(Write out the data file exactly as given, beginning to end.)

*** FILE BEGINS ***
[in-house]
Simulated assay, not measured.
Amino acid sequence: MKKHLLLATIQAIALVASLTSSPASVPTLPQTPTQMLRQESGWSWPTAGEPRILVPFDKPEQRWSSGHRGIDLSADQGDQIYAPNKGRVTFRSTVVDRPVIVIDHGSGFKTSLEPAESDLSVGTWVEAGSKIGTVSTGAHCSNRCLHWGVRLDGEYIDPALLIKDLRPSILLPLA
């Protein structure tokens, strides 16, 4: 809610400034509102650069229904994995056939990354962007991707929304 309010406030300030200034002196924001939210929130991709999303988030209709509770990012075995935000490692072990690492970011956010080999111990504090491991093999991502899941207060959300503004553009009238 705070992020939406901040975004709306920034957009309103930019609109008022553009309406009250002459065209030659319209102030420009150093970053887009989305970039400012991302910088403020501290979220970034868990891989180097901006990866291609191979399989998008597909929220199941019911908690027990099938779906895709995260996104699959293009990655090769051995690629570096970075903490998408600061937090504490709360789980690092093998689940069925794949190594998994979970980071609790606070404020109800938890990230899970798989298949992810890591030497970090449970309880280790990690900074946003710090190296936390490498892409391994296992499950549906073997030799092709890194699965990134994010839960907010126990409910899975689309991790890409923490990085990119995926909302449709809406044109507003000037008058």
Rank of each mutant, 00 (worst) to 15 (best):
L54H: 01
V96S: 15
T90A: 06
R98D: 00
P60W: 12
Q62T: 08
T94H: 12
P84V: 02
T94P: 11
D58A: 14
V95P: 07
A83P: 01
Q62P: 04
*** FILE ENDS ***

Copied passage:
[in-house]
Simulated assay, not measured.
Amino acid sequence: MKKHLLLATIQAIALVASLTSSPASVPTLPQTPTQMLRQESGWSWPTAGEPRILVPFDKPEQRWSSGHRGIDLSADQGDQIYAPNKGRVTFRSTVVDRPVIVIDHGSGFKTSLEPAESDLSVGTWVEAGSKIGTVSTGAHCSNRCLHWGVRLDGEYIDPALLIKDLRPSILLPLA
């Protein structure tokens, strides 16, 4: 809610400034509102650069229904994995056939990354962007991707929304 309010406030300030200034002196924001939210929130991709999303988030209709509770990012075995935000490692072990690492970011956010080999111990504090491991093999991502899941207060959300503004553009009238 705070992020939406901040975004709306920034957009309103930019609109008022553009309406009250002459065209030659319209102030420009150093970053887009989305970039400012991302910088403020501290979220970034868990891989180097901006990866291609191979399989998008597909929220199941019911908690027990099938779906895709995260996104699959293009990655090769051995690629570096970075903490998408600061937090504490709360789980690092093998689940069925794949190594998994979970980071609790606070404020109800938890990230899970798989298949992810890591030497970090449970309880280790990690900074946003710090190296936390490498892409391994296992499950549906073997030799092709890194699965990134994010839960907010126990409910899975689309991790890409923490990085990119995926909302449709809406044109507003000037008058």
Rank of each mutant, 00 (worst) to 15 (best):
L54H: 01
V96S: 15
T90A: 06
R98D: 00
P60W: 12
Q62T: 08
T94H: 12
P84V: 02
T94P: 11
D58A: 14
V95P: 07
A83P: 01
Q62P: 04